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CCDC61/VFL3 Is a paralog of SAS6 and promotes ciliary functions

DOI: 10.1016/j.str.2020.04.010 DOI Help

Authors: Takashi Ochi (MRC Laboratory of Molecular Biology; University of Leeds) , Valentina Quarantotti (Cancer Research UK Cambridge Institute, University of Cambridge) , Huawen Lin (Washington University School of Medicine) , Jerome Jullien (Wellcome Trust/Cancer Research UK Gurdon Institute, University of Cambridge; CRTI, INSERM, UNIV Nantes) , Ivan Rosa E Silva (MRC Laboratory of Molecular Biology) , Francesco Boselli (University of Cambridge) , Deepak D. Barnabas (MRC Laboratory of Molecular Biology) , Christopher M. Johnson (MRC Laboratory of Molecular Biology) , Stephen H. Mclaughlin (MRC Laboratory of Molecular Biology) , Stefan M. V. Freund (MRC Laboratory of Molecular Biology) , Andrew N. Blackford (MRC Weatherall Institute of Molecular Medicine, University of Oxford; Cancer Research UK and Medical Research Council Oxford Institute for Radiation Oncology, University of Oxford) , Yuu Kimata (University of Cambridge; ShanghaiTech University) , Raymond E. Goldstein (University of Cambridge) , Stephen P. Jackson (Wellcome Trust/Cancer Research UK Gurdon Institute, University of Cambridge) , Tom L. Blundell (University of Cambridge) , Susan K. Dutcher (Washington University School of Medicine) , Fanni Gergely (Cancer Research UK Cambridge Institute, University of Cambridge) , Mark Van Breugel (MRC Laboratory of Molecular Biology)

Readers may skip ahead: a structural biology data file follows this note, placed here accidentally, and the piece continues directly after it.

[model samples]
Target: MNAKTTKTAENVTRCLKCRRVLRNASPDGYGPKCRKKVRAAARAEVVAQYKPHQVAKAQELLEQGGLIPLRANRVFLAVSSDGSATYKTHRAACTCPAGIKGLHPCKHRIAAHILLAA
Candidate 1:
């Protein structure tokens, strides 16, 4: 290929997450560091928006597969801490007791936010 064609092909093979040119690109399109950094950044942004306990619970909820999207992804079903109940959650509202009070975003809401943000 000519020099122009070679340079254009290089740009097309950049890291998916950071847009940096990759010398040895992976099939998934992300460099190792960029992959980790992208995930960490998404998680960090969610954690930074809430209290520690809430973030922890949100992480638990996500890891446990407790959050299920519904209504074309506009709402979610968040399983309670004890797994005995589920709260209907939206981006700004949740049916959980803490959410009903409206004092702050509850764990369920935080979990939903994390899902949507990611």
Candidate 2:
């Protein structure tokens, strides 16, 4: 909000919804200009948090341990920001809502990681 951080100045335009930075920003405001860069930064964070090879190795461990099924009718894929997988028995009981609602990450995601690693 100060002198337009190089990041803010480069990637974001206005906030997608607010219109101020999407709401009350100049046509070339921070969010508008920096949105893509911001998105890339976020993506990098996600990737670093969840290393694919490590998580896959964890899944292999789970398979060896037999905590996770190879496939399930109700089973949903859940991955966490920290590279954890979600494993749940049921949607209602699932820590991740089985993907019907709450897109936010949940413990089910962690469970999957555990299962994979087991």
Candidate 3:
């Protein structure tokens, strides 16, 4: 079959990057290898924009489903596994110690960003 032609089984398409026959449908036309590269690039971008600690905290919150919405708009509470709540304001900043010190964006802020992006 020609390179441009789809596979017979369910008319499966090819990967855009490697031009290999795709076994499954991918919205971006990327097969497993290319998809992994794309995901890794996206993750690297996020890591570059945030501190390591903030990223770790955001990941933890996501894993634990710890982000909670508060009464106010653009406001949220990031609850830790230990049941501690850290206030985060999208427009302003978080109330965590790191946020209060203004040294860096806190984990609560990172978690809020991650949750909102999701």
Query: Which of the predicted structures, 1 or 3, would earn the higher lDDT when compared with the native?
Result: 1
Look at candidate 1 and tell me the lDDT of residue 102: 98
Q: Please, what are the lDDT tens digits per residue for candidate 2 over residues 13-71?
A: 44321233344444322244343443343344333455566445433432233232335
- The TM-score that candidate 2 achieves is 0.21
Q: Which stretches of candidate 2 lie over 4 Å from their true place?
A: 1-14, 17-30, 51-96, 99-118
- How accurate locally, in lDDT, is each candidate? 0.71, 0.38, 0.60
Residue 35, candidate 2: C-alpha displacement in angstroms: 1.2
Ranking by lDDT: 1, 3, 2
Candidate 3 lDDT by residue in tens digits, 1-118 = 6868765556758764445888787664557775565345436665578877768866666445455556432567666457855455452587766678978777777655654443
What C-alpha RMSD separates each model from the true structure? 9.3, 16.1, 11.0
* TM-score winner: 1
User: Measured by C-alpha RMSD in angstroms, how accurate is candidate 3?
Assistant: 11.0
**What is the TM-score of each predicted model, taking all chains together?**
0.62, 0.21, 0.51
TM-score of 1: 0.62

Co-authored by industrial partner: No

Type: Journal Paper
Journal: Structure

State: Published (Approved)
Published: May 2020
Diamond Proposal Number(s): 9537

Open Access Open Access

Abstract: Centrioles are cylindrical assemblies whose peripheral microtubule array displays a 9-fold rotational symmetry that is established by the scaffolding protein SAS6. Centriole symmetry can be broken by centriole-associated structures, such as the striated fibers in Chlamydomonas that are important for ciliary function. The conserved protein CCDC61/VFL3 is involved in this process, but its exact role is unclear. Here, we show that CCDC61 is a paralog of SAS6. Crystal structures of CCDC61 demonstrate that it contains two homodimerization interfaces that are similar to those found in SAS6, but result in the formation of linear filaments rather than rings. Furthermore, we show that CCDC61 binds microtubules and that residues involved in CCDC61 microtubule binding are important for ciliary function in Chlamydomonas. Together, our findings suggest that CCDC61 and SAS6 functionally diverged from a common ancestor while retaining the ability to scaffold the assembly of basal body-associated structures or centrioles, respectively.

Journal Keywords: centrosome; cilia; centriole; basal body; structural biology; CCDC61; SAS6; XRCC4l; Chlamydomonas; microtubule; VFL3

Subject Areas: Biology and Bio-materials, Chemistry


Instruments: I02-Macromolecular Crystallography

Added On: 12/05/2020 15:43

Documents:
1-s2.0-S0969212620301313-main.pdf

Discipline Tags:

Life Sciences & Biotech Structural biology Chemistry Biochemistry

Technical Tags:

Diffraction Macromolecular Crystallography (MX)